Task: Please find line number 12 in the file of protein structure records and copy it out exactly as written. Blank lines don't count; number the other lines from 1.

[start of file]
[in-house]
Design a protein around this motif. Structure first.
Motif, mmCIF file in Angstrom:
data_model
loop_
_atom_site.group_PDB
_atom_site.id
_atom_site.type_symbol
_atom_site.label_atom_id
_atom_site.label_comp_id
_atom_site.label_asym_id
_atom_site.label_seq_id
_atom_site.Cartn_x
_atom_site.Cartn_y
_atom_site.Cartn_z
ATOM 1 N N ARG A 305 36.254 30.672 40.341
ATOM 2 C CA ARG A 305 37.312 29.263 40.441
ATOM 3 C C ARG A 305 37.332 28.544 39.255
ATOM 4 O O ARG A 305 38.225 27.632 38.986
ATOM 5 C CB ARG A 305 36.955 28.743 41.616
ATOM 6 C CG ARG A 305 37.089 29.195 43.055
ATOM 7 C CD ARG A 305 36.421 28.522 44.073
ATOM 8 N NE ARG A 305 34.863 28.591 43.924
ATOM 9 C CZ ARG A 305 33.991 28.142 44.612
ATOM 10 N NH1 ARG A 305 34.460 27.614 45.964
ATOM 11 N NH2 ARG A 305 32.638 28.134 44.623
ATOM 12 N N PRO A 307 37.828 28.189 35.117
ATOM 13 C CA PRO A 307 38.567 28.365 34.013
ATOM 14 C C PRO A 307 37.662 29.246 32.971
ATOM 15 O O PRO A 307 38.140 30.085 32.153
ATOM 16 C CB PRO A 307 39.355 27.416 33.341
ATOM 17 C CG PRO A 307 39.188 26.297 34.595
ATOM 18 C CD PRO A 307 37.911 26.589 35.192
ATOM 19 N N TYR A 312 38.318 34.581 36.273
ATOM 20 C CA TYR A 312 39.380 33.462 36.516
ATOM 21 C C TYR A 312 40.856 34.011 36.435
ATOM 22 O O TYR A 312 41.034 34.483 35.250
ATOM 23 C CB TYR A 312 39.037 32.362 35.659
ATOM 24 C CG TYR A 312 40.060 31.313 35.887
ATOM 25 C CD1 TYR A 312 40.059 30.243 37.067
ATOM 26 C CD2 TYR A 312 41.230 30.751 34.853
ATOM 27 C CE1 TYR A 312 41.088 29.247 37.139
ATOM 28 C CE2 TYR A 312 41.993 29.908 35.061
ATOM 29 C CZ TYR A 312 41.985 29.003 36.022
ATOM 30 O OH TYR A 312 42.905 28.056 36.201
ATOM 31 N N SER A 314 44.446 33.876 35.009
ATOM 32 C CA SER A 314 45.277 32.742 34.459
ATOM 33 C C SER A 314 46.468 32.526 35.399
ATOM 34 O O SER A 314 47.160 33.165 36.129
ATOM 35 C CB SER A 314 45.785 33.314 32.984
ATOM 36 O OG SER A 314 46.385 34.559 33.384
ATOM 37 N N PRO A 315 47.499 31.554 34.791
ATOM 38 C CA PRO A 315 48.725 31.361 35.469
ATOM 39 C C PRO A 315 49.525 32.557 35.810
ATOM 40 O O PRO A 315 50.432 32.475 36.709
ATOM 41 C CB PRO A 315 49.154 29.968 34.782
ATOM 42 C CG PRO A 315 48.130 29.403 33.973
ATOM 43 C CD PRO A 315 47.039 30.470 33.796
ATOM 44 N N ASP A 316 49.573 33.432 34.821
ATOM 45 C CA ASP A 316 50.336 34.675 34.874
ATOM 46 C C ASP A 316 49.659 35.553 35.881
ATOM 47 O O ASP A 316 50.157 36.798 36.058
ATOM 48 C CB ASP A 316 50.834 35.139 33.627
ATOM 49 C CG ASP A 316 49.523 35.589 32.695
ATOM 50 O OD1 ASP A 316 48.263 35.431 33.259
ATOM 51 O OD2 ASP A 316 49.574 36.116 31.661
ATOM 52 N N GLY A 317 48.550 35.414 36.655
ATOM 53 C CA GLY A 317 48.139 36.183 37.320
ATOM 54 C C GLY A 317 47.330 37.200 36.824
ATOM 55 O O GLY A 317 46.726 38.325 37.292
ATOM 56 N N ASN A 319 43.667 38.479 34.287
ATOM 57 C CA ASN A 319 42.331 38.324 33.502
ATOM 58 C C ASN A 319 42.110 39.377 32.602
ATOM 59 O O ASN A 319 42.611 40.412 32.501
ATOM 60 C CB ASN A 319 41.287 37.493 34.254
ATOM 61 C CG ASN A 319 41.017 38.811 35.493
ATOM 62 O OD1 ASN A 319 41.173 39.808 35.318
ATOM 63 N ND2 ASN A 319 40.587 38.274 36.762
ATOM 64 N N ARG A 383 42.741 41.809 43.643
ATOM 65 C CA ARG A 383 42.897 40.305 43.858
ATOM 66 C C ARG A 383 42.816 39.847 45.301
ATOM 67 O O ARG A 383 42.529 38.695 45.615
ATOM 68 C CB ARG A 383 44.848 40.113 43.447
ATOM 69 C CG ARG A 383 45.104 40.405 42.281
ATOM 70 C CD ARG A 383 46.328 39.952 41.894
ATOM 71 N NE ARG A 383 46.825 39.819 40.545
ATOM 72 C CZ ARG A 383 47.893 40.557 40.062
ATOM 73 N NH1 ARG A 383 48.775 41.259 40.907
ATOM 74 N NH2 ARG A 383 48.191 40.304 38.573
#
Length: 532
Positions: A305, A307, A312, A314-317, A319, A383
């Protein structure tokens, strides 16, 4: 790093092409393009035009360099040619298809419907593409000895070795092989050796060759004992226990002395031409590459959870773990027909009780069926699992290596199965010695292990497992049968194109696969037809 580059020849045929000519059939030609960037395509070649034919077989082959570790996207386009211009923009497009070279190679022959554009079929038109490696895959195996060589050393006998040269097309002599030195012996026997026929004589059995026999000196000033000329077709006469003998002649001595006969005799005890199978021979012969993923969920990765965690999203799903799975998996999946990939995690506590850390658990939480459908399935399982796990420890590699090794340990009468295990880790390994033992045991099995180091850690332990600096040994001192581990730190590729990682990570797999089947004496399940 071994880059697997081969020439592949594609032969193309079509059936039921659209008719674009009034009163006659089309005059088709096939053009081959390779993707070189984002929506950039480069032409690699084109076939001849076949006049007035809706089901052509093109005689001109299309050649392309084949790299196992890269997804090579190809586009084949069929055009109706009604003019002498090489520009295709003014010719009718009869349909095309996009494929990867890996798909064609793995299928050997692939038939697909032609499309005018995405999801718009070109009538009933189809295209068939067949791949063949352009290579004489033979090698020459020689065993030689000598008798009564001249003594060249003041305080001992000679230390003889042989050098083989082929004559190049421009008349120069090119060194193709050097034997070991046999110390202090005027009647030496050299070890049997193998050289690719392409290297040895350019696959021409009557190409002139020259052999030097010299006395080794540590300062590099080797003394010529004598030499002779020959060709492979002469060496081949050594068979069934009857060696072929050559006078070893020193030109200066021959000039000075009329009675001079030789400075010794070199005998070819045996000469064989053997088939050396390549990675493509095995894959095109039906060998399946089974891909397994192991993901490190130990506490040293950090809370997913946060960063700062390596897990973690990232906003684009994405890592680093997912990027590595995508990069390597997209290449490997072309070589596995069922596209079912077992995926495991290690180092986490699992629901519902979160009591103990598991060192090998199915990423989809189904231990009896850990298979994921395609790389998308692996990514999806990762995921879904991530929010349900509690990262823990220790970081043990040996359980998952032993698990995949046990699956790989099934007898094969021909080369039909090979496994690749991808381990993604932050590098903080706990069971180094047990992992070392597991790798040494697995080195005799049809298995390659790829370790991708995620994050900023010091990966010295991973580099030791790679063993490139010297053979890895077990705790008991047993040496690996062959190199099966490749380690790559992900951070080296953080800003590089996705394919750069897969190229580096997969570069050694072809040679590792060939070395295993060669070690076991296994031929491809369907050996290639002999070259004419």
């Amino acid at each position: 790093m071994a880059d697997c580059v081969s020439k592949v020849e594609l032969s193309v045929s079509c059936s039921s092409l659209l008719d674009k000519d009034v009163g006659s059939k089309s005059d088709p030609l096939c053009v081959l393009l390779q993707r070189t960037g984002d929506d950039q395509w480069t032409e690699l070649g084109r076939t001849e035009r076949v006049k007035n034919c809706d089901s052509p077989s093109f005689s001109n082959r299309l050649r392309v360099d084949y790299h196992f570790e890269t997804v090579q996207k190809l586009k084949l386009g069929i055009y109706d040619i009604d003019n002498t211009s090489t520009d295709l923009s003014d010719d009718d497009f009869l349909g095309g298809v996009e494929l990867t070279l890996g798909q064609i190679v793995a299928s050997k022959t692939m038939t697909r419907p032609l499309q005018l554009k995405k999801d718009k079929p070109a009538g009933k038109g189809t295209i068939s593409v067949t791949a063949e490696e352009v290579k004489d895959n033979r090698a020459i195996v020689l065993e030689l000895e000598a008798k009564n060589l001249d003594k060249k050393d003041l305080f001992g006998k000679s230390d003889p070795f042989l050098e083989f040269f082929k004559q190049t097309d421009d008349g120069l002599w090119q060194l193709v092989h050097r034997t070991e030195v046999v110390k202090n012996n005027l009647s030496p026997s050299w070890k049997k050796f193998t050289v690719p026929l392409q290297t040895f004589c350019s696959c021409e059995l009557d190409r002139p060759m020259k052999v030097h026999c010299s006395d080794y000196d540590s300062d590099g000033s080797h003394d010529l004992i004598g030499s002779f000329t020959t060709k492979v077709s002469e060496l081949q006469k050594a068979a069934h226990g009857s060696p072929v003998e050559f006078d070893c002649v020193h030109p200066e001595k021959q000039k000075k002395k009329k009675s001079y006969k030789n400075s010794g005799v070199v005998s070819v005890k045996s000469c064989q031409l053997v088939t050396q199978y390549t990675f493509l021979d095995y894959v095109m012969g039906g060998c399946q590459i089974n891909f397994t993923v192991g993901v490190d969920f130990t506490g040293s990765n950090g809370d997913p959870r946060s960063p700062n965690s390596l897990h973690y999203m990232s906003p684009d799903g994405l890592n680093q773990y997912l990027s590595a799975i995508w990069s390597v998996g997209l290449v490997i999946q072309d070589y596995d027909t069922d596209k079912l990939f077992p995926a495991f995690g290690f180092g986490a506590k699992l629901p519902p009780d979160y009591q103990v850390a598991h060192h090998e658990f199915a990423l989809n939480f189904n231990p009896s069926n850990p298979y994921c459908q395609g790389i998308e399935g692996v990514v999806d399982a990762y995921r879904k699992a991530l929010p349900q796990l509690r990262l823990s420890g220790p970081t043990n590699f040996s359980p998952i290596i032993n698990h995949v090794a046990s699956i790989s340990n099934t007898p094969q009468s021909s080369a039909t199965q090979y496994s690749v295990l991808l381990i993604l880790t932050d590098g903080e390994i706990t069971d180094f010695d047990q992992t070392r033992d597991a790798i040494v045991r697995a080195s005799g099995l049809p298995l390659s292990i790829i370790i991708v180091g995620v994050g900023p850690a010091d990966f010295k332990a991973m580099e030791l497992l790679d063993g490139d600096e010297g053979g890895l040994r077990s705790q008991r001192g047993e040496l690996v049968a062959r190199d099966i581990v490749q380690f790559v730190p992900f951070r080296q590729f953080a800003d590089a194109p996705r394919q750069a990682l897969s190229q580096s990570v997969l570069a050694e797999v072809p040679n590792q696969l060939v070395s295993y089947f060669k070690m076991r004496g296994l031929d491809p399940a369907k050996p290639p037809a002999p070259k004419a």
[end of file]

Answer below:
_atom_site.label_seq_id